by Linda Heistman
How can one lamp generate light on a variety of conversations? On Wed-nesday, January 13, the participants of the Senior Health and Activity Recreation Program (SHARP) had several conversations prompted by a lamp created by the late local artist Bernard Hemmer.
It was loaned to us for the day by the Goodsell Museum, the home of the Historical Association in Old Forge.
The lamp was just one example of Hemmer’s art work. While he is not particularly well known for his art, he is known for building the Hemmer Cottages (1937-1960).
Kate Lewis, the director of the Goodsell Museum, was also kind enough to give me some information about the Hemmer Cottages to read to the participants of SHARP. These cottages were built “…in the style of a foreign country…Finland, Norway, Sweden, Switzerland, Lapland, Ireland/Scotland…”
“I remember all those little cottages…they were very cute,” remarked Ruth Brussel.
After the cottages were moved, the empty space behind the school (where the new addition to the school now stands) served as a place for summer events.
Ruth ran the children’s summer programs that were similar to the ones currently enjoyed at the George T. Hiltebrant Recreation Center Pavilion on North Street.
They would have costume parties, play games, and Mr. Hemmer would often come out to help with these activities.
Ruth remembers that during a Christmas in July event, her uncle was chosen to be the Santa. He arrived riding a bicycle, saying, “Ho-Ho-Ho” in his rich German accent.
“He looked so funny!” laughed Ruth.
The cottages used to be located on Park Avenue across from Maple Ridge. This triggered another topic regarding the Main Street side of the school property.
Gigi Hollister said that the school’s property on the Main Street side was originally owned by her father, Leroy (Curley) Wakely Deis.
The property was sold to the Town of Webb for the school building.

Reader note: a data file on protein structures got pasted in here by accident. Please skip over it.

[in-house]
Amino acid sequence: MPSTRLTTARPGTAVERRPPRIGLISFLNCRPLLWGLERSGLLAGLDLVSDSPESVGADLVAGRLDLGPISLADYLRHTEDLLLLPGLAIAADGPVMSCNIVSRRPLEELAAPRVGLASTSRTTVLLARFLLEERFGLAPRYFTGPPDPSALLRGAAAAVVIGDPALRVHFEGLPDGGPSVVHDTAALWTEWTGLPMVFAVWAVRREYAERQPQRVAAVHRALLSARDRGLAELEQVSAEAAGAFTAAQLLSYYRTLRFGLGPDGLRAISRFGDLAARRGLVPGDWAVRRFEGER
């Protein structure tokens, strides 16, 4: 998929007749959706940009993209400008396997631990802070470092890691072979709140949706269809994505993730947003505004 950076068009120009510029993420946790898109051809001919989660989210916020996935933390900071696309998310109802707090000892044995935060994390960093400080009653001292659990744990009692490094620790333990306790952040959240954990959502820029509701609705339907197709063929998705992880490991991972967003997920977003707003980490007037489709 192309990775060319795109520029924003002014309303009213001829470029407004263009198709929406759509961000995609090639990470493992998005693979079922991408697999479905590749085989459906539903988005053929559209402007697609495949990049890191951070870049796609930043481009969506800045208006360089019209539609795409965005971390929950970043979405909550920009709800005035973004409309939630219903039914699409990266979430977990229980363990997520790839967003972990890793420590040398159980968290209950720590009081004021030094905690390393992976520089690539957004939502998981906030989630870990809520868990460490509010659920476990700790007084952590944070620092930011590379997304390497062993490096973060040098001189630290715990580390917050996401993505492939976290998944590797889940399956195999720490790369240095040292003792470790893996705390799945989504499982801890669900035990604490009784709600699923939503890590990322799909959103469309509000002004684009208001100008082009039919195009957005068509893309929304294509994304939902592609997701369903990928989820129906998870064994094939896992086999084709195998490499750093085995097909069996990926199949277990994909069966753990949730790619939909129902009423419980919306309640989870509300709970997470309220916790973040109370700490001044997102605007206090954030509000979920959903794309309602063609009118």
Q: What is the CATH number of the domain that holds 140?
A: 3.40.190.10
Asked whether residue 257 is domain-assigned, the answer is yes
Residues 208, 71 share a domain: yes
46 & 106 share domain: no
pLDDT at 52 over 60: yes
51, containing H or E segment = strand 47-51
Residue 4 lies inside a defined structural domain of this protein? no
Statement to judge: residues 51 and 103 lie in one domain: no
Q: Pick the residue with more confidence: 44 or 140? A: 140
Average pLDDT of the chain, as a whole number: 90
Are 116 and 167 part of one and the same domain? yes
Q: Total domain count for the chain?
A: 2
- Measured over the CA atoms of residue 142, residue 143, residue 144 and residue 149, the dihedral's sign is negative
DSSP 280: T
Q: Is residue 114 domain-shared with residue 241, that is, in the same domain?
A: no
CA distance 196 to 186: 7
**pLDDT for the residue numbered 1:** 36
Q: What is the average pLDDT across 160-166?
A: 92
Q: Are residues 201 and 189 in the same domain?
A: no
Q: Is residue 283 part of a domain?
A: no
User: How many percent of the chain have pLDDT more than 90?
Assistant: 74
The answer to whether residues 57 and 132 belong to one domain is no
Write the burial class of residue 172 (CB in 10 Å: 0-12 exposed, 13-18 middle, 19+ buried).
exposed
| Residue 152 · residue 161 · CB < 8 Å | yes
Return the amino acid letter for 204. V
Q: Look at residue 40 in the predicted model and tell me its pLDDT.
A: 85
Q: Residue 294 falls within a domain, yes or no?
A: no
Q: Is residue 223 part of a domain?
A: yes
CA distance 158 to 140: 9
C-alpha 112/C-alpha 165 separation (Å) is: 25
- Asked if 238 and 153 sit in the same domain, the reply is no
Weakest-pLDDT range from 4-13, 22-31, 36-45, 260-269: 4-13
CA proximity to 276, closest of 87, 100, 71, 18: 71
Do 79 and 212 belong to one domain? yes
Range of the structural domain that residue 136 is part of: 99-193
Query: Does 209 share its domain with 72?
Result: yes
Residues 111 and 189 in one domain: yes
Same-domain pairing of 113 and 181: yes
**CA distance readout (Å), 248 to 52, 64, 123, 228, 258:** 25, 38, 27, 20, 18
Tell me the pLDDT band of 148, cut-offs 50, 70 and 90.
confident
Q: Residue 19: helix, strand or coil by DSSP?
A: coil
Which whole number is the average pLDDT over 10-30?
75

But the town could not take ownership because it was found that a burial site was on the property.
Gigi’s father’s brother had died as a baby, and in those days (early 1900’s) people would often bury their dead in their back yards. Before the new school could be built, the infant’s coffin had to be excavated. It was transported to a Deis family plot in Boonville.
Upon hearing that, “Mary Silver Hemmer of Saranac Lake…wrote the words of the Town of Webb Schools’ Alma Mater…” Ruth Brussel piped in that her daughter, Lynn Brussel, composed the orchestration to accompany it.
But wait…there’s more! Stay tuned to The Weekly Adirondack to learn the rest of the story!
In the meantime, mark your calendars for an exciting upcoming event. The Senior Health Activity and Recreation Program (SHARP) will observe its first anniversary on Wednesday, February 3 and all are invited to join in the celebration.
We will have an Open House from 10:30 to 11:30 a.m. at Niccolls Church in the Fellowship Hall and all are welcome to stop by and have some snacks and warm beverages with our seniors!
SHARP is a free program offered to all independent senior citizens from Woodgate to Raquette Lake.
We meet at Niccolls Memorial Church in Old Forge from 10 a.m. to 2 p.m. every Wednesday.
Lunch during our regular Wednesday sessions is provided by the Community Health & Wellness Fund (formerly the Town of Webb Health Center Fund.)
For more information, call or text (315) 225-7553, or email firstname.lastname@example.org. Check our Facebook page anytime for updates. Search: SHARP